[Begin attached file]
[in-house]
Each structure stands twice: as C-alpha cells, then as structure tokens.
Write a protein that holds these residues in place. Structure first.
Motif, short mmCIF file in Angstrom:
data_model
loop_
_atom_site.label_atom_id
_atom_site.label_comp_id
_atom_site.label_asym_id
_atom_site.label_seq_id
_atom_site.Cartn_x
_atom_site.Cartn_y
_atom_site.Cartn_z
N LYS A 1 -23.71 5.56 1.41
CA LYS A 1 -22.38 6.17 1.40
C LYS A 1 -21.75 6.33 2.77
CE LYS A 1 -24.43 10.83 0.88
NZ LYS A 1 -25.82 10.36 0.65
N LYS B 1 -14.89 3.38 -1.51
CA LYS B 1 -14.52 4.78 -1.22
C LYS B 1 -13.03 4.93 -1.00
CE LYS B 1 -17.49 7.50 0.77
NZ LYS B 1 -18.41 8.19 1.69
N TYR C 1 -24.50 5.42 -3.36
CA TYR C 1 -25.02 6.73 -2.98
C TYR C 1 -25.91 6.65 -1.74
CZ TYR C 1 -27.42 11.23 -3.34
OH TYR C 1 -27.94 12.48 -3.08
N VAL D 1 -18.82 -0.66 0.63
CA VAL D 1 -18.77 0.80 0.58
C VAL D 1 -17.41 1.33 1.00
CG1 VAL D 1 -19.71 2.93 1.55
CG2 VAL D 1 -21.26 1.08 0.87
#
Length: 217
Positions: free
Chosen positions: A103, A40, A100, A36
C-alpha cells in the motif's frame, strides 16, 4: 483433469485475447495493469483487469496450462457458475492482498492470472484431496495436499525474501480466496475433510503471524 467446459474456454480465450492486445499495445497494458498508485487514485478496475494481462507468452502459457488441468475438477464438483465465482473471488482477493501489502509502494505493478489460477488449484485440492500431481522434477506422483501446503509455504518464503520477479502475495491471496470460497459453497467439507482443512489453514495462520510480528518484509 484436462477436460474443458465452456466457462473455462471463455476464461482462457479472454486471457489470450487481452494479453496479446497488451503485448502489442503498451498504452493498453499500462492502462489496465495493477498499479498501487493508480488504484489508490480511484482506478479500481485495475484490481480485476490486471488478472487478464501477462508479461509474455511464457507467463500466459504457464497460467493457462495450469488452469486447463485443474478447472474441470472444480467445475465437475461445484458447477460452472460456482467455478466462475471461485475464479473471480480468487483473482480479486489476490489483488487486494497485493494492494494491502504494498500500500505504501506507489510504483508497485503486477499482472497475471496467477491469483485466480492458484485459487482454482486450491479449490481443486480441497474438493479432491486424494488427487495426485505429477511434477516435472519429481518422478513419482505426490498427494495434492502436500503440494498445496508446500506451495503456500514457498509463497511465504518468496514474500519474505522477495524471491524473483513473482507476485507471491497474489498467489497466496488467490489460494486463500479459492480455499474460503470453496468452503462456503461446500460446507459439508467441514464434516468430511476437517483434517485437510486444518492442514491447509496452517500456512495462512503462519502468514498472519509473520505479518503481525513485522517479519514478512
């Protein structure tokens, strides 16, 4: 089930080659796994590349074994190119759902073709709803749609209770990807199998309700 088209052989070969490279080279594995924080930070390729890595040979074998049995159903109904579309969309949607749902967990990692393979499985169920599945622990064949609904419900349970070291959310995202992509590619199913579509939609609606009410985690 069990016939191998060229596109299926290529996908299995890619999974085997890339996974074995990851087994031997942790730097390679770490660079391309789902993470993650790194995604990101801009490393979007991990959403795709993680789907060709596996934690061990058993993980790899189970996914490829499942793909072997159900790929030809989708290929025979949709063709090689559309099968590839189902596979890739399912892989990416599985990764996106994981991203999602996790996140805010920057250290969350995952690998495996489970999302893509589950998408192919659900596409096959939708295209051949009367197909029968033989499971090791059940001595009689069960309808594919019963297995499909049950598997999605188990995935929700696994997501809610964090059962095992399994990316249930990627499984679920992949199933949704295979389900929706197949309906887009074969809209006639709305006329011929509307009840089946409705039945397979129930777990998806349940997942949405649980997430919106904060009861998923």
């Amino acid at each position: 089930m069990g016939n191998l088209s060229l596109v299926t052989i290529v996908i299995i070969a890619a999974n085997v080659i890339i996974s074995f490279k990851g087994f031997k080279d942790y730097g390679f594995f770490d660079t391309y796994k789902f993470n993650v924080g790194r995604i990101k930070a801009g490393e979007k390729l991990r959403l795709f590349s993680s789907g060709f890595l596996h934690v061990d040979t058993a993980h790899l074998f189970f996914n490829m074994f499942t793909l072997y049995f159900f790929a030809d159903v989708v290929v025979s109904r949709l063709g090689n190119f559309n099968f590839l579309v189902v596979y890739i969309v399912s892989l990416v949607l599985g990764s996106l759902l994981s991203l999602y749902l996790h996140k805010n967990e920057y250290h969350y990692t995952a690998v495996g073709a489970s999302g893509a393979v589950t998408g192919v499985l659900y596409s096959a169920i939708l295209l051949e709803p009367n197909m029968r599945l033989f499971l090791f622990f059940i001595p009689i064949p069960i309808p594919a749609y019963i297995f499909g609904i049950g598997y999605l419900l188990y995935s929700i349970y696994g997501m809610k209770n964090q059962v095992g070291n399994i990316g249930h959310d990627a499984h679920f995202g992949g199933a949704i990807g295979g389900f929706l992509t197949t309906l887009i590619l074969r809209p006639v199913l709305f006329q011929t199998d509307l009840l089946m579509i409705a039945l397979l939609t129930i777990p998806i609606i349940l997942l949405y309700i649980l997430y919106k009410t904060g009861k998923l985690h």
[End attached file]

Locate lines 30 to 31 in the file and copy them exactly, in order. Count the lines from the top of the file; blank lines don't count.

CA VAL D 1 -18.77 0.80 0.58
C VAL D 1 -17.41 1.33 1.00